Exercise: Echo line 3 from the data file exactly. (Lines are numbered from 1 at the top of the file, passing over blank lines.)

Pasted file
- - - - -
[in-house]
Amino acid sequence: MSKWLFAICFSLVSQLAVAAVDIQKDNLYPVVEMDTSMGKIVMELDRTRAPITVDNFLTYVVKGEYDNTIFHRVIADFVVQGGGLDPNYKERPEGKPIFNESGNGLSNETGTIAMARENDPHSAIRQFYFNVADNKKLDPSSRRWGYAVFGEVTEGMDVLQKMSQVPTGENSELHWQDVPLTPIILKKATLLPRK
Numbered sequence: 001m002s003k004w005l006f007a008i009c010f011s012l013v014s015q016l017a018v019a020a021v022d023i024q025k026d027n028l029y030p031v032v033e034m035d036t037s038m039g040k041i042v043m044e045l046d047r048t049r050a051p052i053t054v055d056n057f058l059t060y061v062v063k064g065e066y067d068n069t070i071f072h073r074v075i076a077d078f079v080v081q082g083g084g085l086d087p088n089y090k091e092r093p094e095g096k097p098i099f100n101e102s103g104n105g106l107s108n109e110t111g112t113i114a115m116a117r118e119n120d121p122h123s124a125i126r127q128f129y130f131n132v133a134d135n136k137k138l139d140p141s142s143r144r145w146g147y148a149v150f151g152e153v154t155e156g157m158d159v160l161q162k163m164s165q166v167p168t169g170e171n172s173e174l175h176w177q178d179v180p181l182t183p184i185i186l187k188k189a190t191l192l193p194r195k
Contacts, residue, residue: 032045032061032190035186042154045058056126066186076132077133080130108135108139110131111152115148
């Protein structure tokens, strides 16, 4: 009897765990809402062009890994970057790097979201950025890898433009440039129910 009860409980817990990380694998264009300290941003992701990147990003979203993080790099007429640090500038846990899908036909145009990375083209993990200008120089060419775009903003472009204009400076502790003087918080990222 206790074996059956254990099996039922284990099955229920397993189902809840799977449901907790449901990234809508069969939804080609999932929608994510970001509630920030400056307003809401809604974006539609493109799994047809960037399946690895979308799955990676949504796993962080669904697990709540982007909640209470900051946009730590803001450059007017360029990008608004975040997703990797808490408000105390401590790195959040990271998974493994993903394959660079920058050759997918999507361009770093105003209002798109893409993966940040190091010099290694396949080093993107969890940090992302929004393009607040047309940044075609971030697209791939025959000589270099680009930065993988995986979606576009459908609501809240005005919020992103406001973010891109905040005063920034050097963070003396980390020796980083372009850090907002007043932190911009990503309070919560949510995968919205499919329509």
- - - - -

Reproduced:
Numbered sequence: 001m002s003k004w005l006f007a008i009c010f011s012l013v014s015q016l017a018v019a020a021v022d023i024q025k026d027n028l029y030p031v032v033e034m035d036t037s038m039g040k041i042v043m044e045l046d047r048t049r050a051p052i053t054v055d056n057f058l059t060y061v062v063k064g065e066y067d068n069t070i071f072h073r074v075i076a077d078f079v080v081q082g083g084g085l086d087p088n089y090k091e092r093p094e095g096k097p098i099f100n101e102s103g104n105g106l107s108n109e110t111g112t113i114a115m116a117r118e119n120d121p122h123s124a125i126r127q128f129y130f131n132v133a134d135n136k137k138l139d140p141s142s143r144r145w146g147y148a149v150f151g152e153v154t155e156g157m158d159v160l161q162k163m164s165q166v167p168t169g170e171n172s173e174l175h176w177q178d179v180p181l182t183p184i185i186l187k188k189a190t191l192l193p194r195k